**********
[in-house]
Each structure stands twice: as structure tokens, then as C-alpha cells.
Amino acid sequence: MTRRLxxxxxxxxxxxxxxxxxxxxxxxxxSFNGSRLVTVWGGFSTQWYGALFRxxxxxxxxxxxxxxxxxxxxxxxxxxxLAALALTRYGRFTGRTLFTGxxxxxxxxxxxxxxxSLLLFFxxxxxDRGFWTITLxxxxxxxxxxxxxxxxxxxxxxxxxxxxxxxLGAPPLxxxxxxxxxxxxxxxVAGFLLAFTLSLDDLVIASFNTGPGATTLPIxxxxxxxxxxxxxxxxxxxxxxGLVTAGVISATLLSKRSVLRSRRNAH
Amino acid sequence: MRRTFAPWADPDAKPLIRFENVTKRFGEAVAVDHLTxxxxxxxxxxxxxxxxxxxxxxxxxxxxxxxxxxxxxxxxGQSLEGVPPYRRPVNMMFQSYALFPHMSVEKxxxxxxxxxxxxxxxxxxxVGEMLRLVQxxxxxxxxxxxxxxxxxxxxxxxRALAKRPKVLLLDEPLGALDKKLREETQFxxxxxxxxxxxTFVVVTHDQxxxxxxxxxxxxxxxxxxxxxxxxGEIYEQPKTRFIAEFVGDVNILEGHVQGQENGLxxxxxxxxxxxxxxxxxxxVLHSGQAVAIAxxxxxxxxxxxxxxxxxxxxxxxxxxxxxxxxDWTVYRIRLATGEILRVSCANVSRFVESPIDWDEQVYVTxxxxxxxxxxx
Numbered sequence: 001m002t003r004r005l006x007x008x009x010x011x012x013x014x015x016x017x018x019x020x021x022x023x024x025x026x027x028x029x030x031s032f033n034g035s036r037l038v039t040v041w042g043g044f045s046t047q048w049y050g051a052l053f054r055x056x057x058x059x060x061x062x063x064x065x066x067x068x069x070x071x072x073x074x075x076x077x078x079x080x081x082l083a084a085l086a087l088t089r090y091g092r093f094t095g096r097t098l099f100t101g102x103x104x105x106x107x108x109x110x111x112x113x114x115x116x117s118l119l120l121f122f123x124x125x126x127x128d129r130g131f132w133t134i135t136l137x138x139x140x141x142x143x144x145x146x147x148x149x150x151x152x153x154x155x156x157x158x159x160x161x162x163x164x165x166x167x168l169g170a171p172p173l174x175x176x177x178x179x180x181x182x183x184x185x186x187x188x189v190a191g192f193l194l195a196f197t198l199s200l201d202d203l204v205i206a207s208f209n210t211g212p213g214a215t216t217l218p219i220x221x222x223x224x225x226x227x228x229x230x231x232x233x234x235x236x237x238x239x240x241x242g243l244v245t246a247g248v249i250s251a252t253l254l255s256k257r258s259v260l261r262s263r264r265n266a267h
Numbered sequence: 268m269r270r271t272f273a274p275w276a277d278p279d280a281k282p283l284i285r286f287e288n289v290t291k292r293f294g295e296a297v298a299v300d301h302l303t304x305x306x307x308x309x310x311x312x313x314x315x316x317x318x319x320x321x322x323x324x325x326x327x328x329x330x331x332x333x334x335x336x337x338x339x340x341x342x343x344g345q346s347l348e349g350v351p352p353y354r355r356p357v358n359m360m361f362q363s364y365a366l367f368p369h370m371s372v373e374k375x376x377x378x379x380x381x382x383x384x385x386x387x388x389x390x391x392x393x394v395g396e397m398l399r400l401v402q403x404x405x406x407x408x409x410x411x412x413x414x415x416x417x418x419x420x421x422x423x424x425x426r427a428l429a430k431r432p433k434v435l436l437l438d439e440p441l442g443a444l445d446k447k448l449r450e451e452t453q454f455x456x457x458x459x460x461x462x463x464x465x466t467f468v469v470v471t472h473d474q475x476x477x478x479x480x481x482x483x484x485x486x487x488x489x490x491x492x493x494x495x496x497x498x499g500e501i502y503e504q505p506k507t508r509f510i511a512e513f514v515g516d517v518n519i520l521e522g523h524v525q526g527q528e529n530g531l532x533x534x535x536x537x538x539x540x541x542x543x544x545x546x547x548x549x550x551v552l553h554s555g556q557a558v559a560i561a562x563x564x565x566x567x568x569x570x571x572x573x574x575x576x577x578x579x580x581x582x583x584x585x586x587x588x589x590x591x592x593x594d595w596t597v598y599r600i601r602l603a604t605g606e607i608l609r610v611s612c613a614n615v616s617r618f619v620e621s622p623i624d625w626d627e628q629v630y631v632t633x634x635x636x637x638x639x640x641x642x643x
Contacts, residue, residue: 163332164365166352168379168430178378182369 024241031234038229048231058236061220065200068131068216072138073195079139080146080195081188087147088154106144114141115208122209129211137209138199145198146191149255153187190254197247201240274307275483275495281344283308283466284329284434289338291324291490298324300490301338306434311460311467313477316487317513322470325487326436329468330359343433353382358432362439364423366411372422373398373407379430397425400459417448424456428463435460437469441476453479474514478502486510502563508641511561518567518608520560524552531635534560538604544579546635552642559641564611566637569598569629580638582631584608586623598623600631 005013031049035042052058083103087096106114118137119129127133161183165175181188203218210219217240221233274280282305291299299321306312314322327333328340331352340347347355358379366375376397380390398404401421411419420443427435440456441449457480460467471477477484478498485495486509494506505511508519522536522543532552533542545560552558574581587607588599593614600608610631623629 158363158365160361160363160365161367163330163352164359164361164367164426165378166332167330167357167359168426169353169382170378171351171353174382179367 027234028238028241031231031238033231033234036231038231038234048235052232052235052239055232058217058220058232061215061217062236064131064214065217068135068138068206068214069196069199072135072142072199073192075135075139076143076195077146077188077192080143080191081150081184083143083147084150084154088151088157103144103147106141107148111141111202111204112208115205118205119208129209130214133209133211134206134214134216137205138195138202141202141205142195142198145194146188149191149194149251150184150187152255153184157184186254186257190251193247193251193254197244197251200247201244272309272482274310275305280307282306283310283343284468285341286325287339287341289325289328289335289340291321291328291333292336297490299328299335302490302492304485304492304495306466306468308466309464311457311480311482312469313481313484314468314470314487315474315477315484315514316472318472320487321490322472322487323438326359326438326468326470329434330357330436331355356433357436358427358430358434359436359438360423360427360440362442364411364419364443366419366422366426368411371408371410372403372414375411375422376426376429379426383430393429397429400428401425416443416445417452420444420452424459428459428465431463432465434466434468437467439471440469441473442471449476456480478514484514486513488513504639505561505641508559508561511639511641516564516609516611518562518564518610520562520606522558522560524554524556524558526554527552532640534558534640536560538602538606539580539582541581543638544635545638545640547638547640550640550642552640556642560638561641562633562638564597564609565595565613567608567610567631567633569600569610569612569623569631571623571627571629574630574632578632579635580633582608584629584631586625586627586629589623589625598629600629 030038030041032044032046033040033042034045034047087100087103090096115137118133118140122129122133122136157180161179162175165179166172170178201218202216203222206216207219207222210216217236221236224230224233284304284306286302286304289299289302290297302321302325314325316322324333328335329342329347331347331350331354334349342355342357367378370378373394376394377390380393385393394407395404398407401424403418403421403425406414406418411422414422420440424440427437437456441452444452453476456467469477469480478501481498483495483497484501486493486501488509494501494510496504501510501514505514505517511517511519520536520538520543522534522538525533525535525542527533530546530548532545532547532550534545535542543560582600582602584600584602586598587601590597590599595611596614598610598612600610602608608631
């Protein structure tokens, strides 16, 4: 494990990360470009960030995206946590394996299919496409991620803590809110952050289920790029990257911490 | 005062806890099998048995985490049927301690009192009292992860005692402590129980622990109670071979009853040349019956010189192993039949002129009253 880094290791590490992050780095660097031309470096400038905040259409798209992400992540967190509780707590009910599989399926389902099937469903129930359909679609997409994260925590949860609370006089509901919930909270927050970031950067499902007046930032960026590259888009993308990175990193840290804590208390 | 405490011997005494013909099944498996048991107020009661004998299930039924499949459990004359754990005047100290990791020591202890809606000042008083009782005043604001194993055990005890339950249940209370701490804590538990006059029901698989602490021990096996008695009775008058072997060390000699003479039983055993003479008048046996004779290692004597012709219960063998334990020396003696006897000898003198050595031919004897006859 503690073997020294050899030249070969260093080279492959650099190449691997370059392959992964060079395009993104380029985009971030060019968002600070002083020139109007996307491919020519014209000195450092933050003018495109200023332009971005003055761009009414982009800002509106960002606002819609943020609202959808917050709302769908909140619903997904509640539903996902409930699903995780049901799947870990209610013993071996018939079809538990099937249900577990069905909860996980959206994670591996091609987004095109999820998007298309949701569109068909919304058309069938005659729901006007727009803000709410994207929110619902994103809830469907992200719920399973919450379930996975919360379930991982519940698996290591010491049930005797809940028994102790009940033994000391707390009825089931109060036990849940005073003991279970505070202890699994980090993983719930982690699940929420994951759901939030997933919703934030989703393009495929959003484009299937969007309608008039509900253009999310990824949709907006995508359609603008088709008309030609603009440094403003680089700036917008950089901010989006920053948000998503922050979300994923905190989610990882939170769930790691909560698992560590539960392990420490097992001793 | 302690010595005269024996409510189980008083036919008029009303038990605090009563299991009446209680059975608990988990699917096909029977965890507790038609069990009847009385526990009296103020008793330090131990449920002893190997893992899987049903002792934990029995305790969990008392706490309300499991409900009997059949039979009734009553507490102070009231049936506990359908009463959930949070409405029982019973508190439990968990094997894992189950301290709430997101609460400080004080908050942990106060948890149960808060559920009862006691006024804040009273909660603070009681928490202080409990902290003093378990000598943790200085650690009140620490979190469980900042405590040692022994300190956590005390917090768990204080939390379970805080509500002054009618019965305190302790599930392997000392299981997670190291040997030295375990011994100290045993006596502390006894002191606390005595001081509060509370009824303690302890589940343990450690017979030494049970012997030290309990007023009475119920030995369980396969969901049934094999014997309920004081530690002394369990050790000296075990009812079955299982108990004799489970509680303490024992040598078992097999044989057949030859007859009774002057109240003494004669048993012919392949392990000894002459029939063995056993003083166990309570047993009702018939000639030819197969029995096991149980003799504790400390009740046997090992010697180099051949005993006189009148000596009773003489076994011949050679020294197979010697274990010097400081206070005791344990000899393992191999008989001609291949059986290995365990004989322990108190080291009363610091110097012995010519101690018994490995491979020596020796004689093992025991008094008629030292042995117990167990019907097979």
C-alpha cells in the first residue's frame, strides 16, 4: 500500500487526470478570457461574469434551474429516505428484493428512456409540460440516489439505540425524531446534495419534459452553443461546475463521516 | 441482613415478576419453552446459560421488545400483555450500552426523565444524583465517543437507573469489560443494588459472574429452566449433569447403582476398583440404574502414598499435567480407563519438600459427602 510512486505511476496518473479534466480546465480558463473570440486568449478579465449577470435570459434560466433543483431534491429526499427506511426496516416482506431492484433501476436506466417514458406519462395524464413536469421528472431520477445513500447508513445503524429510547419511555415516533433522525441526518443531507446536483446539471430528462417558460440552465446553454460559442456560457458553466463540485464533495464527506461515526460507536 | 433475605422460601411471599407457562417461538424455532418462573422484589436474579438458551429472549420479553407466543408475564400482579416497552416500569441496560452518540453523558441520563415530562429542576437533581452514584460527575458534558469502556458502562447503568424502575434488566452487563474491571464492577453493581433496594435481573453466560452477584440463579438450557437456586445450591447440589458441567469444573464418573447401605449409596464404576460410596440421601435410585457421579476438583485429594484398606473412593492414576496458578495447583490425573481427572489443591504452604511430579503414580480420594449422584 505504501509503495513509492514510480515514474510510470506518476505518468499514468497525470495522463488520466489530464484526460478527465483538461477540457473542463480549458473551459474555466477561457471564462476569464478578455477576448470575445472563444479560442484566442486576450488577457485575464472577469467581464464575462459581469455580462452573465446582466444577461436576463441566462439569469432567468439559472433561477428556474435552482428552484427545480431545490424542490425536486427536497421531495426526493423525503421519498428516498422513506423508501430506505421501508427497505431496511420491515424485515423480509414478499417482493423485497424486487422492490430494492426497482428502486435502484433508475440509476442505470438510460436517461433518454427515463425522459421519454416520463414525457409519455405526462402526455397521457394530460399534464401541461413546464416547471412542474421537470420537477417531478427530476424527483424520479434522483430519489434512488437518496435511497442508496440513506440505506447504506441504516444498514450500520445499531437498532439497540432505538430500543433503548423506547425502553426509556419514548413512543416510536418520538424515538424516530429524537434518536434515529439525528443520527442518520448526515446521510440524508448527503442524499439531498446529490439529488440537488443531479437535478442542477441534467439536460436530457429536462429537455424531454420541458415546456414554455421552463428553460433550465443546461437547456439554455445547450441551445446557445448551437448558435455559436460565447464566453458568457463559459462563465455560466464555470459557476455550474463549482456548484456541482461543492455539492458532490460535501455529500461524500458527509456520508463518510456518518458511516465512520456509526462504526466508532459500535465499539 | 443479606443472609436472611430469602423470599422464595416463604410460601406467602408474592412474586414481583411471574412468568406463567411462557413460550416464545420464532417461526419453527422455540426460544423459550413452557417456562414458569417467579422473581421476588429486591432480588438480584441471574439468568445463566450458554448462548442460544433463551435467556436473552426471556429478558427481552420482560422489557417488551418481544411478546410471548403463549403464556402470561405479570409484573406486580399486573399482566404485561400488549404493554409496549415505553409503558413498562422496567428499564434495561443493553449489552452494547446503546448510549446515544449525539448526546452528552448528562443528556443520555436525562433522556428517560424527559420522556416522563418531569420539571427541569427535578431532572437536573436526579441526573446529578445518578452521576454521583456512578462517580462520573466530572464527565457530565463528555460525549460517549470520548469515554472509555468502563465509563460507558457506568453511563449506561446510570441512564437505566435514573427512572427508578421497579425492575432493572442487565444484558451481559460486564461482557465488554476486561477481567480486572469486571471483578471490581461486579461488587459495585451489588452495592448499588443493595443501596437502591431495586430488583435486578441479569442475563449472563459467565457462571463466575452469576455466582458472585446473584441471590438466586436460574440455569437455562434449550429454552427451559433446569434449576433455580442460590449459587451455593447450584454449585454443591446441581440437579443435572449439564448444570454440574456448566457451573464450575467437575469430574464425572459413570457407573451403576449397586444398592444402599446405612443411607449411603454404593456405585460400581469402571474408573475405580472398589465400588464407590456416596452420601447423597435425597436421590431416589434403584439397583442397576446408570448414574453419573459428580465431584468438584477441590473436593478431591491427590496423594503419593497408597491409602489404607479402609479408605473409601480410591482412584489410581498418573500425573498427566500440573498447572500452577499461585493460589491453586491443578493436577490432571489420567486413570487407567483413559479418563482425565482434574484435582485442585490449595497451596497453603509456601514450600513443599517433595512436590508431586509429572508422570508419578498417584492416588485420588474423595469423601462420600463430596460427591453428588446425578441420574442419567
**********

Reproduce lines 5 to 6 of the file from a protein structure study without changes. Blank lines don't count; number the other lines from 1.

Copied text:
Numbered sequence: 001m002t003r004r005l006x007x008x009x010x011x012x013x014x015x016x017x018x019x020x021x022x023x024x025x026x027x028x029x030x031s032f033n034g035s036r037l038v039t040v041w042g043g044f045s046t047q048w049y050g051a052l053f054r055x056x057x058x059x060x061x062x063x064x065x066x067x068x069x070x071x072x073x074x075x076x077x078x079x080x081x082l083a084a085l086a087l088t089r090y091g092r093f094t095g096r097t098l099f100t101g102x103x104x105x106x107x108x109x110x111x112x113x114x115x116x117s118l119l120l121f122f123x124x125x126x127x128d129r130g131f132w133t134i135t136l137x138x139x140x141x142x143x144x145x146x147x148x149x150x151x152x153x154x155x156x157x158x159x160x161x162x163x164x165x166x167x168l169g170a171p172p173l174x175x176x177x178x179x180x181x182x183x184x185x186x187x188x189v190a191g192f193l194l195a196f197t198l199s200l201d202d203l204v205i206a207s208f209n210t211g212p213g214a215t216t217l218p219i220x221x222x223x224x225x226x227x228x229x230x231x232x233x234x235x236x237x238x239x240x241x242g243l244v245t246a247g248v249i250s251a252t253l254l255s256k257r258s259v260l261r262s263r264r265n266a267h
Numbered sequence: 268m269r270r271t272f273a274p275w276a277d278p279d280a281k282p283l284i285r286f287e288n289v290t291k292r293f294g295e296a297v298a299v300d301h302l303t304x305x306x307x308x309x310x311x312x313x314x315x316x317x318x319x320x321x322x323x324x325x326x327x328x329x330x331x332x333x334x335x336x337x338x339x340x341x342x343x344g345q346s347l348e349g350v351p352p353y354r355r356p357v358n359m360m361f362q363s364y365a366l367f368p369h370m371s372v373e374k375x376x377x378x379x380x381x382x383x384x385x386x387x388x389x390x391x392x393x394v395g396e397m398l399r400l401v402q403x404x405x406x407x408x409x410x411x412x413x414x415x416x417x418x419x420x421x422x423x424x425x426r427a428l429a430k431r432p433k434v435l436l437l438d439e440p441l442g443a444l445d446k447k448l449r450e451e452t453q454f455x456x457x458x459x460x461x462x463x464x465x466t467f468v469v470v471t472h473d474q475x476x477x478x479x480x481x482x483x484x485x486x487x488x489x490x491x492x493x494x495x496x497x498x499g500e501i502y503e504q505p506k507t508r509f510i511a512e513f514v515g516d517v518n519i520l521e522g523h524v525q526g527q528e529n530g531l532x533x534x535x536x537x538x539x540x541x542x543x544x545x546x547x548x549x550x551v552l553h554s555g556q557a558v559a560i561a562x563x564x565x566x567x568x569x570x571x572x573x574x575x576x577x578x579x580x581x582x583x584x585x586x587x588x589x590x591x592x593x594d595w596t597v598y599r600i601r602l603a604t605g606e607i608l609r610v611s612c613a614n615v616s617r618f619v620e621s622p623i624d625w626d627e628q629v630y631v632t633x634x635x636x637x638x639x640x641x642x643x